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Bach violin solo sonata


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I have to recommend my favorite: Henryk Szeryng's 1968 recordings of the complete sonatas and partitas (on Deutsche Grammophon). The Heifetz is also fine. I can't recommend the Grumiaux on Philips. Hope that helps.

: Yesterday, I went to a music store, and saw several CDs of Bach violin solo sonata by different players, Heifetz, Perlman, Ricci, Milstein. Anybody have these cds, and which one to recommend?

: Thank you.

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There is also an additional Szeryng recording not available in the US (but available in Canada) that supposedly is "better," whatever that might mean. I think I read somewhere that Szeryng preferred the slow movements in one recording and the fast movements in the other.

A. Brown

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All of those recordings are good old-fashioned (i.e. Romantic) interpretations of Bach. If you have the $$ why not also get a good Baroque violin performance? I highly recommend Sigiswald Kuijken's recording on Deutsche Harmonia Mundi. Or a good compromise would be Sergiu Luca (on Nonesuch)-- he plays them on a modern violin, but paying attention to Baroque performance practice.

: Yesterday, I went to a music store, and saw several CDs of Bach violin solo sonata by different players, Heifetz, Perlman, Ricci, Milstein. Anybody have these cds, and which one to recommend?

: Thank you.

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What is daring about attempting another watered down, so-called baroque interpretation of bach? Oh, and by the way, Luca does use a baroque violin and bow on that recording, it is a 1669 Nicolas Amati and the bow was an original baroque bow of unknown origin, possibly as old as 1650s'. The smartest advice I could give to anyone who wants to listen to or play Bach is to realize that more than any other composer, the greatness of the music is in its construction. The greatest recordings, to me, are those that have as little of individual players personality getting in the way of the music as possible. To me, Heifitz is just about the most perfect example of a Bach performance I could not stand to listen to. Szering, Grumiaux and Milstein are classic, but the Hillary Hahn recording that came out recently I find to be wonderful and refreshing.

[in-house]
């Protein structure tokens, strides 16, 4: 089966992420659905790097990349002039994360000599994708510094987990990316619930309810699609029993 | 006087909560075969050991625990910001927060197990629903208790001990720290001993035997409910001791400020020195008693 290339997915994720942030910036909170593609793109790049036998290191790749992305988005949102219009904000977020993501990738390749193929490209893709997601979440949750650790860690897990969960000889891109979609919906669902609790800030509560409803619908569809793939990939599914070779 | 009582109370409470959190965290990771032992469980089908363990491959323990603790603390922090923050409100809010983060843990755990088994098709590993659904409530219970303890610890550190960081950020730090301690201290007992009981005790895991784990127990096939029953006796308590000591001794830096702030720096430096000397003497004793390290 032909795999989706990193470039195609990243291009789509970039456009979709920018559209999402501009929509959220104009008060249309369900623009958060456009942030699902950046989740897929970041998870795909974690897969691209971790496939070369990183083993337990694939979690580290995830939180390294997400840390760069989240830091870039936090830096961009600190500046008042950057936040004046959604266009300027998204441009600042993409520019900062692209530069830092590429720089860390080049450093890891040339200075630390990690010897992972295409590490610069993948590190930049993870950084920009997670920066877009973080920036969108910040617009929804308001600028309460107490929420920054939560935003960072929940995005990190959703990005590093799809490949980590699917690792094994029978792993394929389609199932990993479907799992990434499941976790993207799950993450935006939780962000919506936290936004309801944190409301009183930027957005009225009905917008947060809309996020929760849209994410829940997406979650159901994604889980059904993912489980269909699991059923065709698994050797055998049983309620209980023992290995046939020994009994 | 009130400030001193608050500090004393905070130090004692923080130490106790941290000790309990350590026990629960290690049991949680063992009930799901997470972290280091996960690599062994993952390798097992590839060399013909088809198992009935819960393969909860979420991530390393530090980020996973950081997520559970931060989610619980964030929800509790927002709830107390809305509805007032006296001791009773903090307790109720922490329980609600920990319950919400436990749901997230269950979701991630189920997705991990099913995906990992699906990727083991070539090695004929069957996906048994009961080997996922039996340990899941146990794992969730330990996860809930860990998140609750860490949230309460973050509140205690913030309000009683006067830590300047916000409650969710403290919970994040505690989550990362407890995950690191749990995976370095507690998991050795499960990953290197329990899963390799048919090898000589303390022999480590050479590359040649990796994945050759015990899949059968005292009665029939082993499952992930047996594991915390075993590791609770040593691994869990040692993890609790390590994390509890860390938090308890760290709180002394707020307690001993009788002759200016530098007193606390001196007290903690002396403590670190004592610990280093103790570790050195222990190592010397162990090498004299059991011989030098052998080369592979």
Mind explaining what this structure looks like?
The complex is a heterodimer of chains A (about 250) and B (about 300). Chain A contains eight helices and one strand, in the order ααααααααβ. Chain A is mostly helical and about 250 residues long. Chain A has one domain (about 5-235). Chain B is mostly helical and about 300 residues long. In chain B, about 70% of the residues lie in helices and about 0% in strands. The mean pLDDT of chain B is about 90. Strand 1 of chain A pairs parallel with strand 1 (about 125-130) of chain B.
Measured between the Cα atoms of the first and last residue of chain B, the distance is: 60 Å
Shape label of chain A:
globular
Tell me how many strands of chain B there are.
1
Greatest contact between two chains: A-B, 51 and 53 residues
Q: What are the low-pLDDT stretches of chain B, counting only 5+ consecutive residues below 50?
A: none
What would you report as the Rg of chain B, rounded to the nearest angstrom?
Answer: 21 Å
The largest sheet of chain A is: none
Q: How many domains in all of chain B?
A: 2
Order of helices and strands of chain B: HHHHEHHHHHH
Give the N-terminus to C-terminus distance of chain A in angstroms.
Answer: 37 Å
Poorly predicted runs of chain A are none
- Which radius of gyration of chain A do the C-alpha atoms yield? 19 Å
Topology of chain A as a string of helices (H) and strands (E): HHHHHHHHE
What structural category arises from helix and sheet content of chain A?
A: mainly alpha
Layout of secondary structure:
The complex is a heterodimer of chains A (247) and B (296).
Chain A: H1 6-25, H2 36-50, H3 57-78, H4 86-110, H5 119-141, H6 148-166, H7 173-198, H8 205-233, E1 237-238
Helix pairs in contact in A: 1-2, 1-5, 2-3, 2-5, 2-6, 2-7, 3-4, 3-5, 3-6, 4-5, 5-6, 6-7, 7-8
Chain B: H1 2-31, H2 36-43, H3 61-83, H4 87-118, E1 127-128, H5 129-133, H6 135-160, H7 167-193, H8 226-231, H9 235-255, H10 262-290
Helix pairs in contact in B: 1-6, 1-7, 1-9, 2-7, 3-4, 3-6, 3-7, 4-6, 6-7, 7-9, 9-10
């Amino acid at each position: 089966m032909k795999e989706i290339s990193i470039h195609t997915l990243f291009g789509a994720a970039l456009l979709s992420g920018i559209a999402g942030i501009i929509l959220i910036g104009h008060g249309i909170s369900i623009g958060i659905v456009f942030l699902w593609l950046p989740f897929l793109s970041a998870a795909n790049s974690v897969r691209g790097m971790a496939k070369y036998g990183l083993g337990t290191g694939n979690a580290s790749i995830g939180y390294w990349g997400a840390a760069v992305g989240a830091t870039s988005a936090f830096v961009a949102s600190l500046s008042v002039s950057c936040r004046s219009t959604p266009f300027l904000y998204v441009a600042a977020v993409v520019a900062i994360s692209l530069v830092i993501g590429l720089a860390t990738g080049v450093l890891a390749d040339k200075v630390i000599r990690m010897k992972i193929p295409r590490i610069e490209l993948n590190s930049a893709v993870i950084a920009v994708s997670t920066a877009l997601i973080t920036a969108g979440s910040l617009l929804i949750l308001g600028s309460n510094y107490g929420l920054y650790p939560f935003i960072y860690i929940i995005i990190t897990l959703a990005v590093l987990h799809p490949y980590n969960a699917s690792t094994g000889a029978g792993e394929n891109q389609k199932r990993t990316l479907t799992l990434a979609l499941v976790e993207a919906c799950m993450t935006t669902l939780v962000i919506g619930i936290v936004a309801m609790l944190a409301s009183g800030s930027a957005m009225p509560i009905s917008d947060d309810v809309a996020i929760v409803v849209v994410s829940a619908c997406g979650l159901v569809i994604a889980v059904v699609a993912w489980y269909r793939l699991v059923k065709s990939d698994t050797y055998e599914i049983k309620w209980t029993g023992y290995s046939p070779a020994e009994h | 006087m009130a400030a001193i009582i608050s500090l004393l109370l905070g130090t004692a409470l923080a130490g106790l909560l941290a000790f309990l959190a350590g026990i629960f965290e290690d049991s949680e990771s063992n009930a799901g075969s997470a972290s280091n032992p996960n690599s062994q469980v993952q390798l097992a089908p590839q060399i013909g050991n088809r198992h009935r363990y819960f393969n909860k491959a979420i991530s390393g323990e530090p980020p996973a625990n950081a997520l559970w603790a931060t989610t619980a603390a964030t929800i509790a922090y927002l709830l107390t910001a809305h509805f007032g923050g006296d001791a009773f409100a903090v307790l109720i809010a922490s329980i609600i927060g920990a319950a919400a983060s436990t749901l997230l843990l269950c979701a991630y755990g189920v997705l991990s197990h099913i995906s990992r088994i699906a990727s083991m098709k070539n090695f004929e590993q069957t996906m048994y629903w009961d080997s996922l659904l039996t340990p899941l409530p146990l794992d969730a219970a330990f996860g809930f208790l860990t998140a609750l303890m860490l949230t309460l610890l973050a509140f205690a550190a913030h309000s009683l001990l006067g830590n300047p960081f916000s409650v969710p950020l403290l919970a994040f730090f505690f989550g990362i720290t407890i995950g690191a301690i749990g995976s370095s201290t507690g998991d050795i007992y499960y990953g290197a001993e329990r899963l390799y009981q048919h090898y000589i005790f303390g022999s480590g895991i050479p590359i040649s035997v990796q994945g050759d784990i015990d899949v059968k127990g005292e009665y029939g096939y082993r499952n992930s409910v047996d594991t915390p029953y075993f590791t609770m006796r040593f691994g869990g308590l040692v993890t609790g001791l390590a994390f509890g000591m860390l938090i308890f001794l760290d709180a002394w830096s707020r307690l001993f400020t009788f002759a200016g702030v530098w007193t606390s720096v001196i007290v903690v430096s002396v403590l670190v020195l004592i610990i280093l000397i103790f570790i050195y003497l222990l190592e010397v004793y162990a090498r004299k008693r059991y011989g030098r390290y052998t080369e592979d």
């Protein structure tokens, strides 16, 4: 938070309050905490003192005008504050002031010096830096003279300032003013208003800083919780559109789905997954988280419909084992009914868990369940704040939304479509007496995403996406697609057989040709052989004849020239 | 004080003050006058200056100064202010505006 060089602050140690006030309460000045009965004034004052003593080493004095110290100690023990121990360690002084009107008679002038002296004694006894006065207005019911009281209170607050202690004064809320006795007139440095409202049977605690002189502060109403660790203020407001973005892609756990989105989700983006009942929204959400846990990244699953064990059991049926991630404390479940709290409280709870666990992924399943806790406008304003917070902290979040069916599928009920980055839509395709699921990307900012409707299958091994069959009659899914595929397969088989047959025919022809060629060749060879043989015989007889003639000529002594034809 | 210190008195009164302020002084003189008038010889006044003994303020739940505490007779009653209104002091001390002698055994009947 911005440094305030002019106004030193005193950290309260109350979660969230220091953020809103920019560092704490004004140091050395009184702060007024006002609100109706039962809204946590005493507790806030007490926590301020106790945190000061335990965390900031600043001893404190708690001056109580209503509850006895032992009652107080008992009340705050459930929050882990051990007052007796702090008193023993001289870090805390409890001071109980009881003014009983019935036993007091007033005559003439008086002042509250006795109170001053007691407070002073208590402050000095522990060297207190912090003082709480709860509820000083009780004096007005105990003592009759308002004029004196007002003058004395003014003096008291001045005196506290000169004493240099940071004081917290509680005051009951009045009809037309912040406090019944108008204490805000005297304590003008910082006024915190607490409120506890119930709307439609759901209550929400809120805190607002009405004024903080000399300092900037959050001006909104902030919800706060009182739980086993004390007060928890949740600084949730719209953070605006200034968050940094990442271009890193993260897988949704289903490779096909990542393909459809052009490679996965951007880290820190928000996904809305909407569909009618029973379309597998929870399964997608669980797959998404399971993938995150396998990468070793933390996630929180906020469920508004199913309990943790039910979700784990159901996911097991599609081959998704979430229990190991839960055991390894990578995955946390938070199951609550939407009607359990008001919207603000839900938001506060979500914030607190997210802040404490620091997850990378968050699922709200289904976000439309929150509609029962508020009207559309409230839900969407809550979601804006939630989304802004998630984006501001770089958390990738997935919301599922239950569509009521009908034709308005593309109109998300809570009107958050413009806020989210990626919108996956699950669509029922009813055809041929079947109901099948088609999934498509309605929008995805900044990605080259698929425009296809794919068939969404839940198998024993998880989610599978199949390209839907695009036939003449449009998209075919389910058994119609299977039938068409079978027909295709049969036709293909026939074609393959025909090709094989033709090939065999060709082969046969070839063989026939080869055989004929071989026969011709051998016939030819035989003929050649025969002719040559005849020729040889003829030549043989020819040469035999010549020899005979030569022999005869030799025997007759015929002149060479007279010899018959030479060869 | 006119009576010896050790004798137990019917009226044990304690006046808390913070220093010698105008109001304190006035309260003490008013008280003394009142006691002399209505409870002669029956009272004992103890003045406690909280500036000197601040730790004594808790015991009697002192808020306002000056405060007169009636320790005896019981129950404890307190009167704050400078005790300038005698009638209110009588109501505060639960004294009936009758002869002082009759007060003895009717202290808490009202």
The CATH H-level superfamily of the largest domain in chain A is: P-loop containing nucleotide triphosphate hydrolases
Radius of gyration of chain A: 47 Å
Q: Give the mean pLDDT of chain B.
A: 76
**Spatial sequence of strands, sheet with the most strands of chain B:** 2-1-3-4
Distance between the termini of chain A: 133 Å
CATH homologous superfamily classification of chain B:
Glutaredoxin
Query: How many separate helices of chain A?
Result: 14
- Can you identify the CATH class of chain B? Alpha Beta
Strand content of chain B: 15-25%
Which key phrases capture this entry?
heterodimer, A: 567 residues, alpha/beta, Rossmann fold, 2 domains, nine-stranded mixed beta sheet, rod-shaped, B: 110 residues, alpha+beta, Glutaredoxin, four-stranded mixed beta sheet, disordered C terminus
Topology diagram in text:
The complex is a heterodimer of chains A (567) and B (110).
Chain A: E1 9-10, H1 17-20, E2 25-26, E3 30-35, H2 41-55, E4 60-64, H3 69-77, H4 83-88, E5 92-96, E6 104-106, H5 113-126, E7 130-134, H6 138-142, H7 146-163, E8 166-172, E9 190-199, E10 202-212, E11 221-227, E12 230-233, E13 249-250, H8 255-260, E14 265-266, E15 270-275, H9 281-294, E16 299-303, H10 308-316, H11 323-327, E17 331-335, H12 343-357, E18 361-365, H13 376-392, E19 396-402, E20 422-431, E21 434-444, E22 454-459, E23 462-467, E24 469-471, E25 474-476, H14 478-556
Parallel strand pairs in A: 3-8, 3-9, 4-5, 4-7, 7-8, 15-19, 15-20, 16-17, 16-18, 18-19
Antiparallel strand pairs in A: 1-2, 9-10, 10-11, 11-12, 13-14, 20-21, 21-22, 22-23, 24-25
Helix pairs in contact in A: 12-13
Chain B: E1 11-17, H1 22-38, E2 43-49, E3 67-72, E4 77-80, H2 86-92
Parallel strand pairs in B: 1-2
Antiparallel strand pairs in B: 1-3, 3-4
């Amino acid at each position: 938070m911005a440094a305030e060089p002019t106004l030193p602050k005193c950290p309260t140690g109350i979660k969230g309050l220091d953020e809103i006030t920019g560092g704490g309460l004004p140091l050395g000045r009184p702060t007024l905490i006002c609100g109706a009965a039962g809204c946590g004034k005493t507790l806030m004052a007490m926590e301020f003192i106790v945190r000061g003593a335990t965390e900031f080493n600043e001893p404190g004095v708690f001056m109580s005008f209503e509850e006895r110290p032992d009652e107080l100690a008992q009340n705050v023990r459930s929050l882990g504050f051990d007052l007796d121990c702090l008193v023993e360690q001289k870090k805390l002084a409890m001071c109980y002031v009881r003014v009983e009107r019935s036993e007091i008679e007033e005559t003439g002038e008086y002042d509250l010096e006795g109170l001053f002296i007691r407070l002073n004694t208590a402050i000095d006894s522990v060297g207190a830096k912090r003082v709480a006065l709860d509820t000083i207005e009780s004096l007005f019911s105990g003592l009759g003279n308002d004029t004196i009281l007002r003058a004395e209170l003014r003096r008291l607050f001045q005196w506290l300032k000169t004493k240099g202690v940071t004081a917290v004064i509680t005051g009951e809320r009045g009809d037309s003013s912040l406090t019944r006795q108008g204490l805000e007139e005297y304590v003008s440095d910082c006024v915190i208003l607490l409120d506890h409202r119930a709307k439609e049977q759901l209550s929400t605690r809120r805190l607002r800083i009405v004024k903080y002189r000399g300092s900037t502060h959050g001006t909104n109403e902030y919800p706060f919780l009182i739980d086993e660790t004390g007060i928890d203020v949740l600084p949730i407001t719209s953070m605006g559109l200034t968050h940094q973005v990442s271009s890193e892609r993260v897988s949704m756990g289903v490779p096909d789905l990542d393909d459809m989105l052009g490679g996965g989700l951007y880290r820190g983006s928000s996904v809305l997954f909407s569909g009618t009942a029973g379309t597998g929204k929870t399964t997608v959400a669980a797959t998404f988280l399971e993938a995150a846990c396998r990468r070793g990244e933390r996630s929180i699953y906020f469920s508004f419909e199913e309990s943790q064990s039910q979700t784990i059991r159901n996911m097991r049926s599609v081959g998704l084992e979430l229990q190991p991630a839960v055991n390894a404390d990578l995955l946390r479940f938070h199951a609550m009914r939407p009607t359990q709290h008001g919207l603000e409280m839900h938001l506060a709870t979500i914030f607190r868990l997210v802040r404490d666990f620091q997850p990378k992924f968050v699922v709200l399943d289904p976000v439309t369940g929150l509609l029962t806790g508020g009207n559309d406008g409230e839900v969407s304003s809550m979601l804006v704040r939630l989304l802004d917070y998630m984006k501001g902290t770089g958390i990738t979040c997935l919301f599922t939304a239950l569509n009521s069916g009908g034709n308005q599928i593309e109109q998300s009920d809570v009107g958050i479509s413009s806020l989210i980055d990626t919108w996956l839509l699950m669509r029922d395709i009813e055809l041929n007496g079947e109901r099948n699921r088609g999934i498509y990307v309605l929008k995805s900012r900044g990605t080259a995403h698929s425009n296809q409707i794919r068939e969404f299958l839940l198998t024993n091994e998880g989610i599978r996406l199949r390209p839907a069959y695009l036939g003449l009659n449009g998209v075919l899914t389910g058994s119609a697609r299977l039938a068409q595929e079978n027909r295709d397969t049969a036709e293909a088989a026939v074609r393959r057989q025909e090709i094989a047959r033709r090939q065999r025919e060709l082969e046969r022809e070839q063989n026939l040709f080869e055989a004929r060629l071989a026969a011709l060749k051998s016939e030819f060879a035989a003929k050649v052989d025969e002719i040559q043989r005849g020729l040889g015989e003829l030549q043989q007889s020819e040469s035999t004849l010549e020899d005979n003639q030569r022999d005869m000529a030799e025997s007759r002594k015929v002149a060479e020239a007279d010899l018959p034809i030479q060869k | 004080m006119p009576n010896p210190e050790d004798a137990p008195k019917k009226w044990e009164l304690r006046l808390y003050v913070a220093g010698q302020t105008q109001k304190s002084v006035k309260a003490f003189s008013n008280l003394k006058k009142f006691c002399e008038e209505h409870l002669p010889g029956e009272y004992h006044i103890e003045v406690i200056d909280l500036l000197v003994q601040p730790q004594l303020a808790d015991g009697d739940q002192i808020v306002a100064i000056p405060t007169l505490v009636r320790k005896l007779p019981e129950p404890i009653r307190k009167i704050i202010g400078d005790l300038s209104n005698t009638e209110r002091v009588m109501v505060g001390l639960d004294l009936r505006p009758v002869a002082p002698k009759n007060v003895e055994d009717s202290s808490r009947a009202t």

Adean

: All of those recordings are good old-fashioned (i.e. Romantic) interpretations of Bach. If you have the $$ why not also get a good Baroque violin performance? I highly recommend Sigiswald Kuijken's recording on Deutsche Harmonia Mundi. Or a good compromise would be Sergiu Luca (on Nonesuch)-- he plays them on a modern violin, but paying attention to Baroque performance practice.

: : Yesterday, I went to a music store, and saw several CDs of Bach violin solo sonata by different players, Heifetz, Perlman, Ricci, Milstein. Anybody have these cds, and which one to recommend?

: : Thank you.

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I agree that the Hillary Hahn recording is great-- there is a freshness and attentiveness to BACH in it that I have rarely heard elsewhere. I also own a recording of Perlman, which has some beautiful moments, but other times the playing seems a little thoughtless, a little monotonous.

I personally don't go much for the "authentic" performance craze going on these days.

But I must say, not all "authentic" Baroque performances are dry and watered down... I think they are definitely worth a listen. I once heard one (unfortunately I've forgotten the name of the performer) that was absolutely breathtaking. It was full of character and charm and this kind of cultured passion --and I loved it. It sounded like... Bach! In all his genius.

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